A midsagittal view is obtained by placing a transducer (usually a curved array with frequencies between 3.5 and 9 MHz) on the perineum (Fig. 9-1) after covering the transducer with a glove or thin plastic wrap for hygienic reasons. Powdered gloves can markedly impair imaging quality because of reverberations and should be avoided. Imaging can be performed with the patient in the dorsal lithotomy position, with the hips flexed and slightly abducted, or in the standing position. Bladder filling should be specified; for some applications, prior voiding is preferable, and a full bladder can prevent complete development of a prolapse. The presence of a full rectum may also impair diagnostic accuracy and sometimes necessitates a repeat assessment after bowel emptying. Parting of the labia can improve image quality, which is optimal in pregnancy and poorest in menopausal women with marked atrophy, most likely due to various levels of tissue hydration. The transducer usually can be placed quite firmly against the symphysis pubis without causing significant discomfort, unless there is marked atrophy. The resulting image includes the symphysis pubis (specifically, the interpubic disk) anteriorly, the urethra and bladder neck, the vagina, cervix, rectum, and anal canal (see Fig. 9-1) with the internal and external anal sphincter. Posterior to the anorectal junction, a hyperechogenic area indicates the central portion of the levator plate, the puborectalis-pubococcygeus (or pubovisceral) muscle. The cul-de-sac may also be seen as filled with a small amount of fluid, echogenic fat, or peristalsing small bowel. Parasagittal or transverse views may yield additional information, such as enabling assessment of the puborectalis muscle and its insertion on the on the pelvic sidewall and imaging of transobturator implants.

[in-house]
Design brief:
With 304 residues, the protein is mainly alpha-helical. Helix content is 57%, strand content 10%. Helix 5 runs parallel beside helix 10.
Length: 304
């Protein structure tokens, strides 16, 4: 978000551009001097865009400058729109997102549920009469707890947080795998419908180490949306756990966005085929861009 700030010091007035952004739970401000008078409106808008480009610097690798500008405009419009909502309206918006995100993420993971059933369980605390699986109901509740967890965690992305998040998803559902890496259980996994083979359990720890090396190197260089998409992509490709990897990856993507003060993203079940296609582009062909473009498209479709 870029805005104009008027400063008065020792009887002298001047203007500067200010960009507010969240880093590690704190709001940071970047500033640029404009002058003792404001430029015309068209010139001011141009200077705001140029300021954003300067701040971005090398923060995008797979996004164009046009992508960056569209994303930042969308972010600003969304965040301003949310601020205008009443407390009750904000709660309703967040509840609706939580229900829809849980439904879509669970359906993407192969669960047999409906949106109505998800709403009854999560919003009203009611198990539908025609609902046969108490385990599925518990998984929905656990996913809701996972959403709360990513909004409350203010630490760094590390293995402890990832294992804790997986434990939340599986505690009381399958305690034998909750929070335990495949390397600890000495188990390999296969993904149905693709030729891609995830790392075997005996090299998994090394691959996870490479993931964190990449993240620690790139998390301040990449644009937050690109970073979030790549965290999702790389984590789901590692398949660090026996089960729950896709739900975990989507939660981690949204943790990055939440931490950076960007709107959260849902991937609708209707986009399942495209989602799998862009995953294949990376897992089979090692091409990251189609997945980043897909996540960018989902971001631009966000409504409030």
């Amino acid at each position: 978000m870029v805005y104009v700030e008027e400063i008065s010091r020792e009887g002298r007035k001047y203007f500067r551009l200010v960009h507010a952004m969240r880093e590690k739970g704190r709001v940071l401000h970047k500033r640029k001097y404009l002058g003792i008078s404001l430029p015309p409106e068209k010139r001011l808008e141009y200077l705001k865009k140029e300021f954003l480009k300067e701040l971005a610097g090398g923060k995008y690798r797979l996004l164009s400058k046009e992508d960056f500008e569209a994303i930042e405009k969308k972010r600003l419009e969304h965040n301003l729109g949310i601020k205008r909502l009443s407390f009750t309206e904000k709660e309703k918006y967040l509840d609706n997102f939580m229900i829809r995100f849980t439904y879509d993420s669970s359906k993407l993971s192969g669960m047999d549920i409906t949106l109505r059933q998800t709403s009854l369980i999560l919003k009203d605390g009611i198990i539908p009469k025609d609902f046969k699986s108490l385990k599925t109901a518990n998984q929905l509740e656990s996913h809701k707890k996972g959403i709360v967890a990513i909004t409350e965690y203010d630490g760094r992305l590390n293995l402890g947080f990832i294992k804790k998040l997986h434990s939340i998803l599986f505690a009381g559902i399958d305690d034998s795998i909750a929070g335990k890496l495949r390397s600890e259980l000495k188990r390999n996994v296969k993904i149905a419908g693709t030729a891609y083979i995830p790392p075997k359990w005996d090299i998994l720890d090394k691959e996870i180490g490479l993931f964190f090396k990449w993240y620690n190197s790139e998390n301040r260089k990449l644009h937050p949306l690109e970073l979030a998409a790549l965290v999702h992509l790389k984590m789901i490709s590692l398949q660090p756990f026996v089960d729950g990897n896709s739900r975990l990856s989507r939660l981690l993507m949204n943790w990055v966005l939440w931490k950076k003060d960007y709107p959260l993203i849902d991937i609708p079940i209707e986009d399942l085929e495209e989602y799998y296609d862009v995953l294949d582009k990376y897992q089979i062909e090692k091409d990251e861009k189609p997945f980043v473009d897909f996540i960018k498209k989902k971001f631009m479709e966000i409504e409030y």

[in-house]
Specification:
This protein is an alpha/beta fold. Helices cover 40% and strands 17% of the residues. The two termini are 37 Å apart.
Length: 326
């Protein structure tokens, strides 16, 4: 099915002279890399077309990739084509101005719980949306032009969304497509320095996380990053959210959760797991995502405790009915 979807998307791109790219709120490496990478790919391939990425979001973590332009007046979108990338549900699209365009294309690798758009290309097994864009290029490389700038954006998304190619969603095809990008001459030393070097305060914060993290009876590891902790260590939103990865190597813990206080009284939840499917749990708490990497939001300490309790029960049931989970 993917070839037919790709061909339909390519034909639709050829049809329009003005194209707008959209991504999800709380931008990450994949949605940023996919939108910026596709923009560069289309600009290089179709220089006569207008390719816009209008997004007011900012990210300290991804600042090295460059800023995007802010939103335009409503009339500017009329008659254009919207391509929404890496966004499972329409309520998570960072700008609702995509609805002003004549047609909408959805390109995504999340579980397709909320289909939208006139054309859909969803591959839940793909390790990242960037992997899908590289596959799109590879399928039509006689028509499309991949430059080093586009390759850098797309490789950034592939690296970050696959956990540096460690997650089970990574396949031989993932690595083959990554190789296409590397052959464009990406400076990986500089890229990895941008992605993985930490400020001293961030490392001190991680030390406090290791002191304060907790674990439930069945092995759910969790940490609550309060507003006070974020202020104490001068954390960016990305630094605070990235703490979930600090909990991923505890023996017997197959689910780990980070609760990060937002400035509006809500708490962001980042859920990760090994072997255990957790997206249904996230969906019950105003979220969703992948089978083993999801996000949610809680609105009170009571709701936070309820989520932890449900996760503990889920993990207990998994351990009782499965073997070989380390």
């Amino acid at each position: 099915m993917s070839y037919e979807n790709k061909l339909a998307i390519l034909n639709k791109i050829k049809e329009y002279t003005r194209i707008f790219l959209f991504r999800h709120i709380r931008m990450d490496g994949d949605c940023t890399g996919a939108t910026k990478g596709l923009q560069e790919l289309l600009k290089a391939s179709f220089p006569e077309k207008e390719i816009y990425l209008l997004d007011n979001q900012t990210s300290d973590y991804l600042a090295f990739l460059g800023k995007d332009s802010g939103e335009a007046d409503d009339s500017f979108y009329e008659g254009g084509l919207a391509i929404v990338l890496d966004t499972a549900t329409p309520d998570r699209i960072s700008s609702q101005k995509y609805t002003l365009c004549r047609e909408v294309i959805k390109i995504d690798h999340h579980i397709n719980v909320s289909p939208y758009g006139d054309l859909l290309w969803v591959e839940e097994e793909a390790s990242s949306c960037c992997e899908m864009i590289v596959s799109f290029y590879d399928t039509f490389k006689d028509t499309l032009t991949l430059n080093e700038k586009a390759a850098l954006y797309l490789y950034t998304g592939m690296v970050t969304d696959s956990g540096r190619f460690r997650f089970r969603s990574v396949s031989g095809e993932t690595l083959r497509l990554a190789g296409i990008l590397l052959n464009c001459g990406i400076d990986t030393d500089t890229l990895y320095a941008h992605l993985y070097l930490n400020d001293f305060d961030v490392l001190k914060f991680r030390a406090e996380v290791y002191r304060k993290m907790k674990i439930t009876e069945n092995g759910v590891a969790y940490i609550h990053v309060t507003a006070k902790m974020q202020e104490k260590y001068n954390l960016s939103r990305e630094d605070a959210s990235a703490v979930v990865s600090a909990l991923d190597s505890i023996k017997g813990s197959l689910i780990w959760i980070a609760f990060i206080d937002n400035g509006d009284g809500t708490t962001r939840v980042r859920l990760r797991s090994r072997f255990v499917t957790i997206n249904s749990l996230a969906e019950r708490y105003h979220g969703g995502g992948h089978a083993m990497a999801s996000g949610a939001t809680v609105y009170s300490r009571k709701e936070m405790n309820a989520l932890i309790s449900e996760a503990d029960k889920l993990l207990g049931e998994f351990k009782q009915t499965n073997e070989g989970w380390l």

There has been disagreement regarding image orientation in the midsagittal plane. Some clinicians prefer orientation as in the standing patient facing right,16 which requires image inversion on the ultrasound system, a facility that is not universally available. Others (including me) prefer an orientation as on conventional transvaginal ultrasound (i.e., cranioventral aspects to the left, dorsocaudal to the right). The latter orientation seems more convenient when using 3D or 4D systems because it automatically results in rendered volumes that are oriented as on conventional MRI of the pelvic floor (discussed later). Because any image reproduced in one of these orientations can be converted to the other by rotation through 180 degrees, formal standardization may be unnecessary. Orientations that require mirroring for conversion should be avoided.